You should not give aspirin or medicines that contain aspirin to children who are under 16 years old, unless a doctor specifically advises you to do so.
Other names for aspirin include:
- acetylsalicylic acid
- salicylic acid
- salicylate salts – found in Bonjela (a treatment for mouth ulcers)
Alternatives to aspirin
If your child or teenager has flu (influenza) or other viral infections, painkillers such as ibuprofen or paracetamol can reduce their fever and relieve pain. However, ibuprofen is not recommended for those with a history of:
- kidney disease
- liver disease
Check with your GP or pharmacist if you are unsure. You can also see the Health A-Z topics about Paracetamol and Ibuprofen for more information.
Conditions that need aspirin
Some children under 16 years old have specific conditions which need to be treated with medication that contains aspirin. For example:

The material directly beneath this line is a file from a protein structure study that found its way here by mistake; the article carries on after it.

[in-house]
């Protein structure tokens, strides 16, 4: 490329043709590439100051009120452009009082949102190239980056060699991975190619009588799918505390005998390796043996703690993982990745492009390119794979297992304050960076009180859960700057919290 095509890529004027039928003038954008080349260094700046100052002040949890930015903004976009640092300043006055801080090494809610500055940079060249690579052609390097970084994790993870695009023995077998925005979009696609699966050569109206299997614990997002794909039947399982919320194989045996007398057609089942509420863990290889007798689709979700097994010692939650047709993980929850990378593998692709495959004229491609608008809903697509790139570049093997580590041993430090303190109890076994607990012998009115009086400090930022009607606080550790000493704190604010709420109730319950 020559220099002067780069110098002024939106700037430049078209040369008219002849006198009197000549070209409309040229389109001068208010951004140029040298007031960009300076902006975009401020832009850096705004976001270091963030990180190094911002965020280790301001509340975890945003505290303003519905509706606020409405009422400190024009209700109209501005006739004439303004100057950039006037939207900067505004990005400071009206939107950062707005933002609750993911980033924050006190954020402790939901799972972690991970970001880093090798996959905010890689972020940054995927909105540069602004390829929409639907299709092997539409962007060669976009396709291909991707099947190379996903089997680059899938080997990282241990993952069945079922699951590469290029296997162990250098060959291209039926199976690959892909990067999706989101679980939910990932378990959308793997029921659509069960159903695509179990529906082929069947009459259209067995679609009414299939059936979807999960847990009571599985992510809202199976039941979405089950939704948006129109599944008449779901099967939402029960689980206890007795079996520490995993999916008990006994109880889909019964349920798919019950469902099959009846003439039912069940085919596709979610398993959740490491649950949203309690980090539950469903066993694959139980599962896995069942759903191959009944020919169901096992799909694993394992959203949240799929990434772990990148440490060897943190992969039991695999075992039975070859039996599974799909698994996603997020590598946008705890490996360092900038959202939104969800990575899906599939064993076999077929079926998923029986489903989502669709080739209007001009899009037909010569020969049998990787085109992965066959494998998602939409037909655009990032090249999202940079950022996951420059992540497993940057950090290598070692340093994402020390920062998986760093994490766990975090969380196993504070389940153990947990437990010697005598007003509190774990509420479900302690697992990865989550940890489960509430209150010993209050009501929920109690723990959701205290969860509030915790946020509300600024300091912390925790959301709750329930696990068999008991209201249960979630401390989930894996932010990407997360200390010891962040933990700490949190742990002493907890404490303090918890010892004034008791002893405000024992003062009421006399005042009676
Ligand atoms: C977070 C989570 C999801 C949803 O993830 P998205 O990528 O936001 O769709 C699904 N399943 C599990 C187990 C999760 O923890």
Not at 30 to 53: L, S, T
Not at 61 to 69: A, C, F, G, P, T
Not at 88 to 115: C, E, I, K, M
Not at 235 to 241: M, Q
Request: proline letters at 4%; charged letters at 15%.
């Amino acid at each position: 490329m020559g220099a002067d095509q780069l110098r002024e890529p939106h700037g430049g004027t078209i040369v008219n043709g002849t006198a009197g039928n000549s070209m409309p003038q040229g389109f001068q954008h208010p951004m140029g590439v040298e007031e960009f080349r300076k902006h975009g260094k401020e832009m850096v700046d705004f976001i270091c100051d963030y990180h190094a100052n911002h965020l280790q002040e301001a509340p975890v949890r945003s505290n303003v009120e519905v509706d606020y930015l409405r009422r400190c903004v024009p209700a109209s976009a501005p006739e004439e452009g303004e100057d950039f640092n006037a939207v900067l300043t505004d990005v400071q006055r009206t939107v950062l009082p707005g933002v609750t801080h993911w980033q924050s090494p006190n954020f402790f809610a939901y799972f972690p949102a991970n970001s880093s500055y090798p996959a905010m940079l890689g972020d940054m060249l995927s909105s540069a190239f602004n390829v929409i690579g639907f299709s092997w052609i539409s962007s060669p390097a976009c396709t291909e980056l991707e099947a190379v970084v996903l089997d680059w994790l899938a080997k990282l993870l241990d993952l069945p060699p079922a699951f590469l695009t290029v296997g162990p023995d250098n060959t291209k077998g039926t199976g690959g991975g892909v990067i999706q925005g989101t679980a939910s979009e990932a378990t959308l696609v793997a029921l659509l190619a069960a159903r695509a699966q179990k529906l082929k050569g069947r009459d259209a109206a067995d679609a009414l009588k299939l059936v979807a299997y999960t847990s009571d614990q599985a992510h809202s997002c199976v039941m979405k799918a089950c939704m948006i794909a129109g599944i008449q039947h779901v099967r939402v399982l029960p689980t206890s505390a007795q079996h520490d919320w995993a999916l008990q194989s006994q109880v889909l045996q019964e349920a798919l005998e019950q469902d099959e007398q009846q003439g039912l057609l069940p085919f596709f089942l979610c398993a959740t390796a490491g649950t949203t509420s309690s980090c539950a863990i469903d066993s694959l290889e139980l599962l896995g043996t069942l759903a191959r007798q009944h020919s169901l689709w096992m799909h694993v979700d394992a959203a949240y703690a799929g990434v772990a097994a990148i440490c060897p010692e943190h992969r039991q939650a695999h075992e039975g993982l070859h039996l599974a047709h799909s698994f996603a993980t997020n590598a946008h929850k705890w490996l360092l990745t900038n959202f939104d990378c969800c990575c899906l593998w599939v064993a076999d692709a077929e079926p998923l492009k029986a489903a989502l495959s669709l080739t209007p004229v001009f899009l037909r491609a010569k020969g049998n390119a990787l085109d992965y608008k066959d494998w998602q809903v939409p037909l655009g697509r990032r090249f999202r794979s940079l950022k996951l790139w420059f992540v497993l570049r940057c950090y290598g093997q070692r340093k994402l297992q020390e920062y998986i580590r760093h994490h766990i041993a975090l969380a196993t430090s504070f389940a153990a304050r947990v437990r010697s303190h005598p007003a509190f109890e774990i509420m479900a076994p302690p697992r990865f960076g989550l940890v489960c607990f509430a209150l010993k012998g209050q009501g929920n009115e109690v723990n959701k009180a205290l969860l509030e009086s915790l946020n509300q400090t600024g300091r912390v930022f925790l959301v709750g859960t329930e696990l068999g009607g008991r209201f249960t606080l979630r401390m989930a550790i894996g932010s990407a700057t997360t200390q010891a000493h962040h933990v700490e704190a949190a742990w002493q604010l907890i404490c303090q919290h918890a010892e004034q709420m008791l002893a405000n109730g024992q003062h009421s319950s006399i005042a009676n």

- Kawasaki disease – a condition that causes inflammation of the arteries
- juvenile arthritis – a rare form of arthritis that affects children
If your child has one of these conditions, your GP may decide that the benefit of taking medication that contains aspirin outweighs the risk. If your GP advises that your child should take aspirin, they may also recommend the chickenpox and flu (influenza) vaccines to reduce your child's risk of developing Reye’s syndrome.
See the Health A-Z topics about Chickenpox vaccination and Flu vaccination for more information.